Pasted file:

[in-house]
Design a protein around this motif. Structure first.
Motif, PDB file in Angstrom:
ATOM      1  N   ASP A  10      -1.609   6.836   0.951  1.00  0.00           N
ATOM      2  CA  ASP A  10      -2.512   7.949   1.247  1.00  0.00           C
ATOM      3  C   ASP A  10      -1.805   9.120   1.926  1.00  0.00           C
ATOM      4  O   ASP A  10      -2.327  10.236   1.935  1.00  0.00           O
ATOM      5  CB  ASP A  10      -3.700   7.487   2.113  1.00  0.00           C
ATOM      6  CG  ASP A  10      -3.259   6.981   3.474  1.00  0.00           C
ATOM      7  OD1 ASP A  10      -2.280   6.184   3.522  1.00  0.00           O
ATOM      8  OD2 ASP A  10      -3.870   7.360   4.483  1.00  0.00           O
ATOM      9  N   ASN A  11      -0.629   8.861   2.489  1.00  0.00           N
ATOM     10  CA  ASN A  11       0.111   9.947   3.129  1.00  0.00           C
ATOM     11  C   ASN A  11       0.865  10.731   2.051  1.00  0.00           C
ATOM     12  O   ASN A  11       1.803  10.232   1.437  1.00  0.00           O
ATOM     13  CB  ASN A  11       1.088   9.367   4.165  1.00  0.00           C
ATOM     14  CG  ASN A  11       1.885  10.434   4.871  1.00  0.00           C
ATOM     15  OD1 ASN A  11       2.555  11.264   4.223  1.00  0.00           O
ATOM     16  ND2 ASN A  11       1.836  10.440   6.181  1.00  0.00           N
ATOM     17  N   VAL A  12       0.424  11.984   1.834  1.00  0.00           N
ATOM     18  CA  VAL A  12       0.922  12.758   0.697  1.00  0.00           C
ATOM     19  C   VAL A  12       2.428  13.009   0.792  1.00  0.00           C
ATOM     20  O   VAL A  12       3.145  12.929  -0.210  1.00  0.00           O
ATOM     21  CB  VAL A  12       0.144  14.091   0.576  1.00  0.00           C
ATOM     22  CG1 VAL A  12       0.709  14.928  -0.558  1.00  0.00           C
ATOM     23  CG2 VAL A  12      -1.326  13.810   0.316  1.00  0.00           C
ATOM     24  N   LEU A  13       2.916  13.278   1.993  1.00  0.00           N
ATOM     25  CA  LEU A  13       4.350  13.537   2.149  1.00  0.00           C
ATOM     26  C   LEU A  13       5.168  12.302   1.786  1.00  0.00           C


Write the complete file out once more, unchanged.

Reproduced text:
[in-house]
Design a protein around this motif. Structure first.
Motif, PDB file in Angstrom:
ATOM      1  N   ASP A  10      -1.609   6.836   0.951  1.00  0.00           N
ATOM      2  CA  ASP A  10      -2.512   7.949   1.247  1.00  0.00           C
ATOM      3  C   ASP A  10      -1.805   9.120   1.926  1.00  0.00           C
ATOM      4  O   ASP A  10      -2.327  10.236   1.935  1.00  0.00           O
ATOM      5  CB  ASP A  10      -3.700   7.487   2.113  1.00  0.00           C
ATOM      6  CG  ASP A  10      -3.259   6.981   3.474  1.00  0.00           C
ATOM      7  OD1 ASP A  10      -2.280   6.184   3.522  1.00  0.00           O
ATOM      8  OD2 ASP A  10      -3.870   7.360   4.483  1.00  0.00           O
ATOM      9  N   ASN A  11      -0.629   8.861   2.489  1.00  0.00           N
ATOM     10  CA  ASN A  11       0.111   9.947   3.129  1.00  0.00           C
ATOM     11  C   ASN A  11       0.865  10.731   2.051  1.00  0.00           C
ATOM     12  O   ASN A  11       1.803  10.232   1.437  1.00  0.00           O
ATOM     13  CB  ASN A  11       1.088   9.367   4.165  1.00  0.00           C
ATOM     14  CG  ASN A  11       1.885  10.434   4.871  1.00  0.00           C
ATOM     15  OD1 ASN A  11       2.555  11.264   4.223  1.00  0.00           O
ATOM     16  ND2 ASN A  11       1.836  10.440   6.181  1.00  0.00           N
ATOM     17  N   VAL A  12       0.424  11.984   1.834  1.00  0.00           N
ATOM     18  CA  VAL A  12       0.922  12.758   0.697  1.00  0.00           C
ATOM     19  C   VAL A  12       2.428  13.009   0.792  1.00  0.00           C
ATOM     20  O   VAL A  12       3.145  12.929  -0.210  1.00  0.00           O
ATOM     21  CB  VAL A  12       0.144  14.091   0.576  1.00  0.00           C
ATOM     22  CG1 VAL A  12       0.709  14.928  -0.558  1.00  0.00           C
ATOM     23  CG2 VAL A  12      -1.326  13.810   0.316  1.00  0.00           C
ATOM     24  N   LEU A  13       2.916  13.278   1.993  1.00  0.00           N
ATOM     25  CA  LEU A  13       4.350  13.537   2.149  1.00  0.00           C
ATOM     26  C   LEU A  13       5.168  12.302   1.786  1.00  0.00           C